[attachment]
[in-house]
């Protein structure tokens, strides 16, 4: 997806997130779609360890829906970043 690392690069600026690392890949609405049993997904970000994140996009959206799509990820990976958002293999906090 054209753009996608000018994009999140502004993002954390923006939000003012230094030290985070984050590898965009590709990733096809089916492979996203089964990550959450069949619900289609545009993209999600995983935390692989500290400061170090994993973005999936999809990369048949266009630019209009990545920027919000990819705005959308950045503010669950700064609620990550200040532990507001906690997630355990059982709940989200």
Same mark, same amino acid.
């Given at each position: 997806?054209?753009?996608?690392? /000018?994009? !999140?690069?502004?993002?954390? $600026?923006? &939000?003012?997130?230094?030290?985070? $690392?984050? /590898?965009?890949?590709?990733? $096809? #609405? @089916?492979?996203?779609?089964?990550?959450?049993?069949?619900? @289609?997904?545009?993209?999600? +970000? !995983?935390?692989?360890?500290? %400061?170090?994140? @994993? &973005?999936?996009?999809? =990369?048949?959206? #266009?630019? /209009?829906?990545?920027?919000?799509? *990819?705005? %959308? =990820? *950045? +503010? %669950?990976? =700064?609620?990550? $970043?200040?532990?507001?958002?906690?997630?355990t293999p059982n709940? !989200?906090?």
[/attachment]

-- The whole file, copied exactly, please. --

[in-house]
């Protein structure tokens, strides 16, 4: 997806997130779609360890829906970043 690392690069600026690392890949609405049993997904970000994140996009959206799509990820990976958002293999906090 054209753009996608000018994009999140502004993002954390923006939000003012230094030290985070984050590898965009590709990733096809089916492979996203089964990550959450069949619900289609545009993209999600995983935390692989500290400061170090994993973005999936999809990369048949266009630019209009990545920027919000990819705005959308950045503010669950700064609620990550200040532990507001906690997630355990059982709940989200």
Same mark, same amino acid.
């Given at each position: 997806?054209?753009?996608?690392? /000018?994009? !999140?690069?502004?993002?954390? $600026?923006? &939000?003012?997130?230094?030290?985070? $690392?984050? /590898?965009?890949?590709?990733? $096809? #609405? @089916?492979?996203?779609?089964?990550?959450?049993?069949?619900? @289609?997904?545009?993209?999600? +970000? !995983?935390?692989?360890?500290? %400061?170090?994140? @994993? &973005?999936?996009?999809? =990369?048949?959206? #266009?630019? /209009?829906?990545?920027?919000?799509? *990819?705005? %959308? =990820? *950045? +503010? %669950?990976? =700064?609620?990550? $970043?200040?532990?507001?958002?906690?997630?355990t293999p059982n709940? !989200?906090?």